Boardwalk across a spruce and moss bog, Long Swamp.


Our final stop was the Long Swamp preserve, featuring a loop around a wetland.  The land is owned by Camp Speers YMCA, but public access is allowed.  The most scenic part of the trail was the southern boardwalk as it traversed a spruce and moss bog that was unique and mysterious.  Carpets of water-logged moss covered the bog as spruce trees grew from tangled roots.  Pitcher plants and sundews can be seen from the boardwalk in season.  I’m glad I did this hike, but if I were to return, I would only include the southern boardwalk across the bog.

More photos.


Mt. Wismer/Gravel Family Nature Preserve

  1. Park here.  N41 13.611 W075 15.842
  2. We returned to complete the loop via this red trail.
  3. Bear right/straight at this meadow.
  4. Yellow blazes appear on the trail.
  5. Trail ascends among large boulders and beneath ledges.
  6. Reach a blue trail and turn right to the view.
  7. Return via the steeper, rockier red trail, or retrace your steps.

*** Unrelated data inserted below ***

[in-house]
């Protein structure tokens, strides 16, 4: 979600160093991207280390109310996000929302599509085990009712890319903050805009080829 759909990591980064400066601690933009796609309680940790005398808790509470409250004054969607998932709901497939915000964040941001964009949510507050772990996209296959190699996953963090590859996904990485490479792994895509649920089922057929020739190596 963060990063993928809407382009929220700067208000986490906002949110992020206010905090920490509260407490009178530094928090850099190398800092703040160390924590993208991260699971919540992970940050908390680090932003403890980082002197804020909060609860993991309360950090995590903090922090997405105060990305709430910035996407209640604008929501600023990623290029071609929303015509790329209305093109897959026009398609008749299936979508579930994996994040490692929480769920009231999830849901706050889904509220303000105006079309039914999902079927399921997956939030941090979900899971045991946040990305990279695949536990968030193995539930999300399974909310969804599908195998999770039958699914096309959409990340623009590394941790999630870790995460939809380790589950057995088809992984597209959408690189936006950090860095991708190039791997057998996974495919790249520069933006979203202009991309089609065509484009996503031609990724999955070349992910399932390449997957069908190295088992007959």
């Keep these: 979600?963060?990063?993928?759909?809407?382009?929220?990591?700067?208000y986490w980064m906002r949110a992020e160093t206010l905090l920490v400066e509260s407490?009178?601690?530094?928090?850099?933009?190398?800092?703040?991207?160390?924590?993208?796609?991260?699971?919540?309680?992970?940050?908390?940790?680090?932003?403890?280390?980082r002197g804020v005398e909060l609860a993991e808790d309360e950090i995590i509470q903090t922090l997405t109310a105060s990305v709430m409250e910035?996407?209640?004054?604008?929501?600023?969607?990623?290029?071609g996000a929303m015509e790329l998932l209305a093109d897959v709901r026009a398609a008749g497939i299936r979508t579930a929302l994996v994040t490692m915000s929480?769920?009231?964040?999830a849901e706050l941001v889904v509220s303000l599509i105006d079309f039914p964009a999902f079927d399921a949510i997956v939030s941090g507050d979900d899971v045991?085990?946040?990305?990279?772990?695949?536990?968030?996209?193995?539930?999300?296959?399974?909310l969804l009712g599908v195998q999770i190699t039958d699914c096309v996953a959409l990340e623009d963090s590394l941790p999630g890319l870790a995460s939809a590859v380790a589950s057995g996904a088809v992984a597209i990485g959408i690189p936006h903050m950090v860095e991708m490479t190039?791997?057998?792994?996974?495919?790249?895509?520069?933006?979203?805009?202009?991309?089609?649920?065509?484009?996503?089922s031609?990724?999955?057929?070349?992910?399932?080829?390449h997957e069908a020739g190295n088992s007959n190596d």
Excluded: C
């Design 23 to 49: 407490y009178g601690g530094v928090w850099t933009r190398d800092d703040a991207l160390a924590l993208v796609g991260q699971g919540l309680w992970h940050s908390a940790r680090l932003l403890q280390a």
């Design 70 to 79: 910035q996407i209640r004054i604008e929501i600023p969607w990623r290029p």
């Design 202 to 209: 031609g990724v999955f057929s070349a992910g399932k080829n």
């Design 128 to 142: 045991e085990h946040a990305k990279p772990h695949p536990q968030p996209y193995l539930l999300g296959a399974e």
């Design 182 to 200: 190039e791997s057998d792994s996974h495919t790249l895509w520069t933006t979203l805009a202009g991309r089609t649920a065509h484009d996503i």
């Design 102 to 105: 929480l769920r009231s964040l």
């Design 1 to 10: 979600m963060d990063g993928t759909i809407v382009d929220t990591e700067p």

Map and information.

What does Mt. Wismer look like in the Autumn?  Check out this post from the superb Gone Hikin’ website.


George W. Childs Park

This is a short loop hike along the impressive gorge and waterfalls of the park.  While popular, this hike is worth it.

More information.


Long Swamp

  1. Park here.  N41 16.750 W074 56.266
  2. Follow trail to left of office.
  3. Turn left on the pink trail.
  4. Hike around the swamp, but the trail stays in the woods, with no views of the swamp.
  5. Bear left/straight on wider grade and pass a lean-to.
  6. Turn left at next intersection down to platform and boardwalk.  This is the most scenic part of the trail.  Complete the loop via the Bog and Lower Deer Run Trails.

Map and information.

The Wonders of Frozen Run Gorge-Loyalsock State Forest


View of Frozen Run Gorge, Loyalsock State Forest